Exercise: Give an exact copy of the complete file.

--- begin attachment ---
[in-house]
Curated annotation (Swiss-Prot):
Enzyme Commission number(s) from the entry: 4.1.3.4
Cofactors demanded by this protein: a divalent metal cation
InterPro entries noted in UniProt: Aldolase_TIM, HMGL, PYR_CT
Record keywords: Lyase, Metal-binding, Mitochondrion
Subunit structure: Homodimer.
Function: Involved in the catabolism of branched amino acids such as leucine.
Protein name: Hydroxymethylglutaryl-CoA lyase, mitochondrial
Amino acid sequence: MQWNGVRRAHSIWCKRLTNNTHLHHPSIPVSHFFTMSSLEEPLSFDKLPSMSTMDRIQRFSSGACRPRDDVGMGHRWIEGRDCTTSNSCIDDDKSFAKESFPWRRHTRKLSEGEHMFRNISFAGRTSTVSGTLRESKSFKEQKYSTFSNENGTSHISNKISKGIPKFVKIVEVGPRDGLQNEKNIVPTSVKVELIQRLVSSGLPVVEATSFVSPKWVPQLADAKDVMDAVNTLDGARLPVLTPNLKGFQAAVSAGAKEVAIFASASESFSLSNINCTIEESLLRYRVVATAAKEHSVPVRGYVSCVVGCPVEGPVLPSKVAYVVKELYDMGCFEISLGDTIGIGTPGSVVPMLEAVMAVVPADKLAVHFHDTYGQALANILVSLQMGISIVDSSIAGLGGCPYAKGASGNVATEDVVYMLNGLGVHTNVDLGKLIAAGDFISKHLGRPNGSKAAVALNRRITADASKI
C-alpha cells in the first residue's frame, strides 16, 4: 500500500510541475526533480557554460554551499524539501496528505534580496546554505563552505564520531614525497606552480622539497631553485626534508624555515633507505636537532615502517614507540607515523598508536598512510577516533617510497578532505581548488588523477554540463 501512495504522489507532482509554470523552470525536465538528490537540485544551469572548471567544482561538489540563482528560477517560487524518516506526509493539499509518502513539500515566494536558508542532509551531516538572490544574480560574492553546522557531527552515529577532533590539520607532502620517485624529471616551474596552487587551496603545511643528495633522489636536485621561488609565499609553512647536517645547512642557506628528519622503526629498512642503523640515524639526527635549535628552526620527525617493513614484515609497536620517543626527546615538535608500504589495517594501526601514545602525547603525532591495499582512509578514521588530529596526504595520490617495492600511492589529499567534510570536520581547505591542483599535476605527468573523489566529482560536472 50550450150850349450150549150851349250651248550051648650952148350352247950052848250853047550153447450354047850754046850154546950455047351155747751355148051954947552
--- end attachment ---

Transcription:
[in-house]
Curated annotation (Swiss-Prot):
Enzyme Commission number(s) from the entry: 4.1.3.4
Cofactors demanded by this protein: a divalent metal cation
InterPro entries noted in UniProt: Aldolase_TIM, HMGL, PYR_CT
Record keywords: Lyase, Metal-binding, Mitochondrion
Subunit structure: Homodimer.
Function: Involved in the catabolism of branched amino acids such as leucine.
Protein name: Hydroxymethylglutaryl-CoA lyase, mitochondrial
Amino acid sequence: MQWNGVRRAHSIWCKRLTNNTHLHHPSIPVSHFFTMSSLEEPLSFDKLPSMSTMDRIQRFSSGACRPRDDVGMGHRWIEGRDCTTSNSCIDDDKSFAKESFPWRRHTRKLSEGEHMFRNISFAGRTSTVSGTLRESKSFKEQKYSTFSNENGTSHISNKISKGIPKFVKIVEVGPRDGLQNEKNIVPTSVKVELIQRLVSSGLPVVEATSFVSPKWVPQLADAKDVMDAVNTLDGARLPVLTPNLKGFQAAVSAGAKEVAIFASASESFSLSNINCTIEESLLRYRVVATAAKEHSVPVRGYVSCVVGCPVEGPVLPSKVAYVVKELYDMGCFEISLGDTIGIGTPGSVVPMLEAVMAVVPADKLAVHFHDTYGQALANILVSLQMGISIVDSSIAGLGGCPYAKGASGNVATEDVVYMLNGLGVHTNVDLGKLIAAGDFISKHLGRPNGSKAAVALNRRITADASKI
C-alpha cells in the first residue's frame, strides 16, 4: 500500500510541475526533480557554460554551499524539501496528505534580496546554505563552505564520531614525497606552480622539497631553485626534508624555515633507505636537532615502517614507540607515523598508536598512510577516533617510497578532505581548488588523477554540463 501512495504522489507532482509554470523552470525536465538528490537540485544551469572548471567544482561538489540563482528560477517560487524518516506526509493539499509518502513539500515566494536558508542532509551531516538572490544574480560574492553546522557531527552515529577532533590539520607532502620517485624529471616551474596552487587551496603545511643528495633522489636536485621561488609565499609553512647536517645547512642557506628528519622503526629498512642503523640515524639526527635549535628552526620527525617493513614484515609497536620517543626527546615538535608500504589495517594501526601514545602525547603525532591495499582512509578514521588530529596526504595520490617495492600511492589529499567534510570536520581547505591542483599535476605527468573523489566529482560536472 50550450150850349450150549150851349250651248550051648650952148350352247950052848250853047550153447450354047850754046850154546950455047351155747751355148051954947552